Connelly said that Carroll described a scenario typical of many entrepreneurs – a point at which he thought the entire enterprise might implode.
“Everything was crashing in around him as contracts fell through and the business model was not working. Just when it appeared all might be lost, things turned around and the money started flowing again. It is a story I have heard before: the tenacity of the founding entrepreneur is imperative to the success of the organization.”
But there is a solution. Carroll knows it. Bifano knows it. Connelly knows it. In fact, Bifano said he and Connelly will team on a project case study to be used for classroom assignments in the future. “Like in most case studies, you tell the story about an organization and then there will be some difficulty that they encounter,” Bifano said. “Then the students will be assigned as to how they might deal with this problem.”
How did Carroll balance the bottom line? Brick by brick, board by board.
“We thought, ‘Instead of watching all of this stuff get crushed and disposed of, what if we could capture it efficiently, sell it and generate revenue to offset the additional employment needs?’” Carroll asked. “Then we would have something that’s viable.”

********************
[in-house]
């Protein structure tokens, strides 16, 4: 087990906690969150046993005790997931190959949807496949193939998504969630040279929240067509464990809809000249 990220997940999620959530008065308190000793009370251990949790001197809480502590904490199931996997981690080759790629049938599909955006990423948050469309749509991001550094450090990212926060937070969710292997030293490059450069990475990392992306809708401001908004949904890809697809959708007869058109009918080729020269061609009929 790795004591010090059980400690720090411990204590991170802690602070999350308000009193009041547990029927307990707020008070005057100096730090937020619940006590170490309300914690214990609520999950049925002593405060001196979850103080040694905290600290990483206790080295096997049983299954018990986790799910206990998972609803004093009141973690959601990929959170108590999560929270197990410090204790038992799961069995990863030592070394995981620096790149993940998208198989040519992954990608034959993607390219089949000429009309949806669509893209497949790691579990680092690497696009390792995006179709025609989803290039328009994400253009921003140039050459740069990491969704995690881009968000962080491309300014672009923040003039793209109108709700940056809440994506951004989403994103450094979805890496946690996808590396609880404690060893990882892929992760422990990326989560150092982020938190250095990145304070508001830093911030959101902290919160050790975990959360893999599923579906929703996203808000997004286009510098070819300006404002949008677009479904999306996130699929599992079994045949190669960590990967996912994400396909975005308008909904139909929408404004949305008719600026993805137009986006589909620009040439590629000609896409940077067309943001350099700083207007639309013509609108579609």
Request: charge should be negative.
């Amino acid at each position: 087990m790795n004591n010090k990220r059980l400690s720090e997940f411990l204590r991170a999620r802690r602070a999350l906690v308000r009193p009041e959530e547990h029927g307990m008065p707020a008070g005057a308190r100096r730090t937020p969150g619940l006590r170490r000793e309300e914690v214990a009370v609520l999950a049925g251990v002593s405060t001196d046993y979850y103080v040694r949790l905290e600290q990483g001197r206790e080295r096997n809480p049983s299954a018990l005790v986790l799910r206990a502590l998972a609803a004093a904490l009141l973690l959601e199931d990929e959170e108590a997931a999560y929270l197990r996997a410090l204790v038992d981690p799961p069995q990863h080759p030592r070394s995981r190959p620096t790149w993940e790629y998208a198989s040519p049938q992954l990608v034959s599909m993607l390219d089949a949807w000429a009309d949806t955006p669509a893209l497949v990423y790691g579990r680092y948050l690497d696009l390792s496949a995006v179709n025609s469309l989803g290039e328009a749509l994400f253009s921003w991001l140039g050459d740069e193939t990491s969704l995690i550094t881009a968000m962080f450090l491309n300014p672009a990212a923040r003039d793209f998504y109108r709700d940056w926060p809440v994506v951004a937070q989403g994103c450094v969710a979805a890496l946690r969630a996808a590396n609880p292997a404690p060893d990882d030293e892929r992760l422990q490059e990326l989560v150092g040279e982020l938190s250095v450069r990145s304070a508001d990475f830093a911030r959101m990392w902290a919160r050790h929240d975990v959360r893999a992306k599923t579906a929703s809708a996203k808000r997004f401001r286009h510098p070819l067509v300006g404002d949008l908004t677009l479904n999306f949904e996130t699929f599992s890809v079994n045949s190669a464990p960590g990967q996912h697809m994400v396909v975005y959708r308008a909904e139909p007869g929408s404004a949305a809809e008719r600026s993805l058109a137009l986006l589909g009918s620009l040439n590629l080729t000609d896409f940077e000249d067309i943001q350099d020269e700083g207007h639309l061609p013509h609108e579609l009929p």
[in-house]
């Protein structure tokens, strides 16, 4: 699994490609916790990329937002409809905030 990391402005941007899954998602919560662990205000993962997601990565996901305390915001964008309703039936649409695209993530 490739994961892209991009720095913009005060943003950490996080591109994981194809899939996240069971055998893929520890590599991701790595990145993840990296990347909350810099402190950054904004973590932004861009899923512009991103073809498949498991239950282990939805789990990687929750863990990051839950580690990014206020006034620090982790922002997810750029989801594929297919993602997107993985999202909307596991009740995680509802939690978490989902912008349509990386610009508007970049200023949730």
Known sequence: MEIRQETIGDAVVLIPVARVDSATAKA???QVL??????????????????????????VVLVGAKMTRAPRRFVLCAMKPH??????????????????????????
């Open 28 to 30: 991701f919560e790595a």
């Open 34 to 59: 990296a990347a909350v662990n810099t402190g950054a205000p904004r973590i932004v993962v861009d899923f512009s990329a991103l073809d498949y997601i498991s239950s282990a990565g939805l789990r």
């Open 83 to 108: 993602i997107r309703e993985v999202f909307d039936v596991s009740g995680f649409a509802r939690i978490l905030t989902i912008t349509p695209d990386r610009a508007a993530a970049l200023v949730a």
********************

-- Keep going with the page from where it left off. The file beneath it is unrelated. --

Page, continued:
To date, Humanim has salvaged and sold an estimated 1.4 million bricks and 450,000 feet of lumber. “Right now, we are out of brick,” Carroll quipped. “We’re processing it as fast as we can.”
Carroll’s work in Baltimore is about more than bricks or lumber, however. It’s about impacting lives.
“Mr. Carroll reminded me that behind (business) products and gadgets are real people with real feelings,” Llivina said. “Everybody in the business universe already knows how to make money, Mr. Carroll said. But if everybody knew how to treat others with decency and respect, then we would truly have a better world.”
Starting with Baltimore, Maryland.